- Associated Press - Saturday, September 19, 2015

CONCORD, N.H. (AP) - Legislative leaders and Gov. Maggie Hassan may be cheering the newly minted state budget deal as a show of compromise that makes New Hampshire different from Washington, D.C.

But from rank and file lawmakers, state agencies and social service advocates, reactions to the deal amount to little more than, “Finally.”

Almost three months after Hassan vetoed the Legislature’s $11.3 billion budget, she signed a state spending plan Wednesday that makes only two major changes. It gives a pay raise to state workers that had been negotiated with the union but left out of the Legislature’s budget, and it ties the second round of business tax cuts to a revenue trigger aimed at avoiding a budget hole.

For everything else - from mental health and substance abuse programs to road and bridge projects to the university and community college systems - the deal gives them exactly what they would have gotten in June. Without a budget, the state kept running at last year’s spending levels under a temporary plan, leaving agencies and services without expected increases.

The new budget, for example, doubles the money in a key fund aimed at fighting drug and alcohol addiction. Spending on substance abuse under the temporary plan was “a far cry from what the true need is out there,” said Kate Frey, advocacy director of nonprofit New Futures.

Because of the stalemate, home health care providers waited three months for a 5 percent rate increase, New Hampshire Hospital couldn’t open a 10-bed mental health crisis unit and the Department of Transportation almost had to delay repaving projects on the turnpike system.

Among advocacy organizations and Democratic lawmakers that are part of Hassan’s key constituencies, some offer a full-throated defense of her veto while others were plainly ambivalent.

“The governor had her reason for vetoing the budget, and it doesn’t really matter if I agree with those reasons or don’t,” said Rep. Marjorie Smith, a Durham Democrat and former chair of the budget writing House Finance Committee.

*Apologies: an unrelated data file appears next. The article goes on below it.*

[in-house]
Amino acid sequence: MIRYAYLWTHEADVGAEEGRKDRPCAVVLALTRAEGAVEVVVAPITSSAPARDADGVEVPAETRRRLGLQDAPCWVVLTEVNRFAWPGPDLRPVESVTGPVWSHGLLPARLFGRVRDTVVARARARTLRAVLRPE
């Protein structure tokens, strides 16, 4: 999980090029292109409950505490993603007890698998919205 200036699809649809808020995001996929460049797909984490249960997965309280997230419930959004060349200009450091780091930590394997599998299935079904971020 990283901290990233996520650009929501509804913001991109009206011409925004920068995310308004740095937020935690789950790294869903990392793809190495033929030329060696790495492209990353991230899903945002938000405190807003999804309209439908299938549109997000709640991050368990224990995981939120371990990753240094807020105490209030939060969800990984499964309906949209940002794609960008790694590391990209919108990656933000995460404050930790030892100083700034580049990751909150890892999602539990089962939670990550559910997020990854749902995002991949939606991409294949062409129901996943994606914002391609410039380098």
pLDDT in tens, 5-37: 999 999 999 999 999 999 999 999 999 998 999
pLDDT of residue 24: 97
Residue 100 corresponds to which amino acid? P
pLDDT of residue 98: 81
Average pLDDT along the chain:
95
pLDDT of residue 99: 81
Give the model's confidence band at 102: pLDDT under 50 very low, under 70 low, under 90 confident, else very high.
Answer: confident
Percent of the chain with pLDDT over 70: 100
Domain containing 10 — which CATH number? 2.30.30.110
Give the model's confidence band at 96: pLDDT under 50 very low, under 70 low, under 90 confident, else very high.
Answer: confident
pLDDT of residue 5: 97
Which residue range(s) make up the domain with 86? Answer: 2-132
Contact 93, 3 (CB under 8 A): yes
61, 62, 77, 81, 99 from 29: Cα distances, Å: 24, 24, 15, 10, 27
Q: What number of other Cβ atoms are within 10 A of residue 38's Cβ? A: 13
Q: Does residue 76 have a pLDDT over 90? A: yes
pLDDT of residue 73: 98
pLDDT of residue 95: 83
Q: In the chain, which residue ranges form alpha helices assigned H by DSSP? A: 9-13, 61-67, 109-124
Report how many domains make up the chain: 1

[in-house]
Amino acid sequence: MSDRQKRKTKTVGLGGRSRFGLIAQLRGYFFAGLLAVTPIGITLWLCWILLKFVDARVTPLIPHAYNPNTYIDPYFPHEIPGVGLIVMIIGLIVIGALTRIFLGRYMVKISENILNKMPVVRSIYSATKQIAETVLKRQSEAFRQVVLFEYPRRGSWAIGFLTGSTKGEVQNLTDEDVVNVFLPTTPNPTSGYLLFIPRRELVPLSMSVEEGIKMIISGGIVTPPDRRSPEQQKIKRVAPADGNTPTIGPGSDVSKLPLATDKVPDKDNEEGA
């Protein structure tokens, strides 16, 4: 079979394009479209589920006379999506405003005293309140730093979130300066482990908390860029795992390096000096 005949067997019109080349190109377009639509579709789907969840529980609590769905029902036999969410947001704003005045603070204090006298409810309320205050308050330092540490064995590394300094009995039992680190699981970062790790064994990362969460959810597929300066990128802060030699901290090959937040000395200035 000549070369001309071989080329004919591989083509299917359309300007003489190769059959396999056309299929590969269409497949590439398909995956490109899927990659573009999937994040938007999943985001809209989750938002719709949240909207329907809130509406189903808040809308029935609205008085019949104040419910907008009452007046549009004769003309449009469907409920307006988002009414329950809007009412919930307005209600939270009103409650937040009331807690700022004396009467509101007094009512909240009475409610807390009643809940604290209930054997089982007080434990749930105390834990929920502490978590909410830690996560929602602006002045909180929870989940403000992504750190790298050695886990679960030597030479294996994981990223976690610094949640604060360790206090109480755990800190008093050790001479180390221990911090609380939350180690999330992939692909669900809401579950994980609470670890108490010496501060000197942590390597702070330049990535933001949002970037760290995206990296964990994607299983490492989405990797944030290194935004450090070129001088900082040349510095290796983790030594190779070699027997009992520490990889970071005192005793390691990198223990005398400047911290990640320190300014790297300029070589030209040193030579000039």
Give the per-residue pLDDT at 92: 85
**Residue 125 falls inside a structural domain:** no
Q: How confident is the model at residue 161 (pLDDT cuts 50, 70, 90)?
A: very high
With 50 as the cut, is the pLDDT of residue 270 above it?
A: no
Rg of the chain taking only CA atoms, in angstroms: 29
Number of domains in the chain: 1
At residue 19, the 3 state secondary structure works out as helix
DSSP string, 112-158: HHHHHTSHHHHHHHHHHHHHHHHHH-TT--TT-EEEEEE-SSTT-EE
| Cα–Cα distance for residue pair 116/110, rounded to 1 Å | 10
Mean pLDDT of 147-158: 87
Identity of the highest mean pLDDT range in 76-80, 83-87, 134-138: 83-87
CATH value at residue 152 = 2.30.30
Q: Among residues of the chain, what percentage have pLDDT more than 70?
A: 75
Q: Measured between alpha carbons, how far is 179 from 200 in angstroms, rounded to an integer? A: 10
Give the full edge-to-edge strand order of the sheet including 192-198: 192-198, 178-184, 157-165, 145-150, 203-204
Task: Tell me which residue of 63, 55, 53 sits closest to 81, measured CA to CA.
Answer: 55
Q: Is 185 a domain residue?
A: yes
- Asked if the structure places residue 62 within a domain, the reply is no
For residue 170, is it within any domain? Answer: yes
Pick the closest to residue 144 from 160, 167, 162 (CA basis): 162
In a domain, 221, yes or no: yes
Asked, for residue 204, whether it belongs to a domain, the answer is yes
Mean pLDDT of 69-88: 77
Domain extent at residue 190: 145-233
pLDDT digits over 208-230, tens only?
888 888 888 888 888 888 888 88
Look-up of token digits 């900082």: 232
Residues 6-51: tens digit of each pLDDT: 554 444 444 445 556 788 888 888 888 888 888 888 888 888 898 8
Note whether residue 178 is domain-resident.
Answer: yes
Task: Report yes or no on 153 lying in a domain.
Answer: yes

Smith, like other Democrats, said the deal reached this week is far better than the vetoed plan. No Democratic lawmakers publicly challenged her veto.

“I absolutely think the governor fought tooth and nail for everything she got,” said Democratic Rep. Lucy Weber of Walpole.

The lack of enthusiasm over the deal from rank-and-file lawmakers was apparent on the House and Senate floor. The only Democrats who publicly backed the plan were members of House and Senate leadership. On the Republican side, House leaders resorted to pleading with members to pass the deal.

Now that a deal is complete, all eyes turn to the 2016 elections. The budget provided cover for Hassan to delay a decision on whether to seek a third term or run for U.S. Senate against Republican incumbent Kelly Ayotte. The lack of a decision hasn’t stopped outside groups from running negative ads about the veto and the state political parties are already in full spin mode.

“After inflicting pain and suffering on the State of New Hampshire, Gov. Hassan has been humbled by her embarrassing request to override her reckless veto,” the state Republican party declared.

And the Democrats?

“It’s unfortunate that because of Kelly Ayotte’s political meddling it took so long for Republicans in the legislature to finally come to the table and negotiate in good faith,” the state party said in a statement.

Now, voters who paid little attention to this summer’s budget battle are sure to hear about it again and again, regardless of Hassan’s decision.

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